Women Lead
September 24, 2021

For the Love of Cats: Let Them Eat My Eyeballs

Are we prepared to let our cats eat our eyeballs when we die?

by Tabayyun Pasinringi, Reporter
English
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Her name was Pupu. She was a tabby cat, or what we Indonesian cat lovers refer to as oyen,  (a cutesy pronunciation of orange), who spent the evening sleeping on my grandma’s flowery pink couch. In the morning until mid-day she would roam around the outside to God knows where, probably to the fish market nearby to steal some freshly caught fish. But I like to think of her as Alice’s Cheshire cat who went down the rabbit hole. Even though her fur was obviously not purple, and she could not flash a happy grin. 

I remember Pupu as a calm but adventurous kitty. She would do her business at the school yard next door and catch mice at my grandma’s rodent infected house. Pupu kickstarted my never ending – often time one sided – love with the universe's most ‘vile’ creature: cats.

The earliest memory I had of her is when I was around six years old. She would accompany me when my parents were at work and my older siblings went to school. At the time we lived with Grandma because my parents couldn't afford a house of our own. I would wear  hand-me-downs t-shirts and shorts from my sister and brother, and carry Pupu around the house like a baby.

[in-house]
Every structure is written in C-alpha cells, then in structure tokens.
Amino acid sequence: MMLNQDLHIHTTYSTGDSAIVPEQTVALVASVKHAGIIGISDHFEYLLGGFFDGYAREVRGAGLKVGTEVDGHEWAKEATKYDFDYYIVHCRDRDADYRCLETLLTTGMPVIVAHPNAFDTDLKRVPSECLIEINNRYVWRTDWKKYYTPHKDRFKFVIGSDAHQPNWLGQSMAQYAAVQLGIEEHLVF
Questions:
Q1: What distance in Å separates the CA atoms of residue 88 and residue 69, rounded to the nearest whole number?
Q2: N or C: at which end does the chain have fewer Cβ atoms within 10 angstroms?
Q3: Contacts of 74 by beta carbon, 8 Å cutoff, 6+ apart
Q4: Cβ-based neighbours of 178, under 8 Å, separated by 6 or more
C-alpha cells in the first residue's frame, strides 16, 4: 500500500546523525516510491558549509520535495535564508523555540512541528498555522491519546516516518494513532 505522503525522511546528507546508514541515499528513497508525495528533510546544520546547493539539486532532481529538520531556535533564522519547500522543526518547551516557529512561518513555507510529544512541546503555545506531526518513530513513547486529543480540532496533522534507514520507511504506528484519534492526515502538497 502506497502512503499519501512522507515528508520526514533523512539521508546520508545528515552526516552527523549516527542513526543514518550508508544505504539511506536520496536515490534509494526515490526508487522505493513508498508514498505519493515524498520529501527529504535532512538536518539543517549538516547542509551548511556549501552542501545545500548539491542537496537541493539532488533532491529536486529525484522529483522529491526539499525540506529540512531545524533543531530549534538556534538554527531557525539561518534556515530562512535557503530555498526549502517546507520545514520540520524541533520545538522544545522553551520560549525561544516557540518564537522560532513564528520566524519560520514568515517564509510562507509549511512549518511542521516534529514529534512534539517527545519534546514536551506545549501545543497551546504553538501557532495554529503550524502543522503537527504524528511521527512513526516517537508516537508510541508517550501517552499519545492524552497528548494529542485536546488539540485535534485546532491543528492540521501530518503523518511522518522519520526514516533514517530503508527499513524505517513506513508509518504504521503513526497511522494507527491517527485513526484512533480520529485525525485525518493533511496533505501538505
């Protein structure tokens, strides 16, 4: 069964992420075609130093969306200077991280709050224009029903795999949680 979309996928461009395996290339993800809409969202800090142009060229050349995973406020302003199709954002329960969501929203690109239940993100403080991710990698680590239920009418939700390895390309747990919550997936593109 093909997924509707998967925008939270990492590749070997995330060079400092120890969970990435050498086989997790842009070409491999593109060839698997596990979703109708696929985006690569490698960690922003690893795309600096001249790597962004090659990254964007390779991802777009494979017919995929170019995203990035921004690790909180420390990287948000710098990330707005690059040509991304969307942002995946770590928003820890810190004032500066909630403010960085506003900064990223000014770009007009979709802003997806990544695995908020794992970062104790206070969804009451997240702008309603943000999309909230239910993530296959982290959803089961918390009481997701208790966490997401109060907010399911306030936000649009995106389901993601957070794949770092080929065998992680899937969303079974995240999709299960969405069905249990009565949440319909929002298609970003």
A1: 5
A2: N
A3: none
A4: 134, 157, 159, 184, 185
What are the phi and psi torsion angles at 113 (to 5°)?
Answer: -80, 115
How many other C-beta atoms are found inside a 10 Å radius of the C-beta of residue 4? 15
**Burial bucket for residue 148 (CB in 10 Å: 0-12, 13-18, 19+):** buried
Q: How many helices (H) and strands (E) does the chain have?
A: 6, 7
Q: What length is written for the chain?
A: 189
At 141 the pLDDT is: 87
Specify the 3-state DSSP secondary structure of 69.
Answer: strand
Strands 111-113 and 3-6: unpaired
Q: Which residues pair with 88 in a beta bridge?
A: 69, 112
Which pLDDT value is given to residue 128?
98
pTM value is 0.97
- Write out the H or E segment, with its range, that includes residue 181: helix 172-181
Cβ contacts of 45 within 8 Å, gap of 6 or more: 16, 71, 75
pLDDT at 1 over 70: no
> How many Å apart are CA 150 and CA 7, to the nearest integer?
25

Even though I put her in such an uncomfortable position she would stay put. She didn’t lose her temper and scratch me, which was amazing because cats have always been painted as planning our demise when we put them in an embarrassing state. But Pupu was just there in my arms looking at me with adoration, or so I thought. But one thing for sure, my love for her grew so much. 

Pupu was found by my uncle behind the unkept bushes near the city’s beach. She was just a few weeks old. The moment my grandma laid eyes on her, she fell in love with her and treated Pupu like her own daughter. I guess that’s why Pupu was never aggressive as she was showered with my grandmother’s affection. 

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When Pupu died, I was nine years old. She was ten, or 60 years old in human years. My grandmother told me that the day Pupu died, she just looked up at her intensely before she went outside the house and never came back. My grandmother said it was like Pupu was saying, “It’s time for me to go now. See you on the other side in a few years.”

It was the first time that I ever experienced loss and grief. I was in deep sadness. I no longer had something to look forward to or to play with after school. Pupu was my best friend, and her embrace filled the void for the little child that was deprived of affection.

My parents just shrugged off, saying that her death was just part of life. But if it was just a small occurrence, how come I was so devastated? The sadness even lingered long after that, worsened by school bullies, fake friendship and academic hardship.

The Cats Are Preying on My Eyeballs

For several years, I never deliberately took care of cats at home because my parents are not fond of cats. But after Pupu’s death, I noticed how my happiness level is measured by the presence of cats. When my sister adopted a cat, my usual emo state of being brightened up.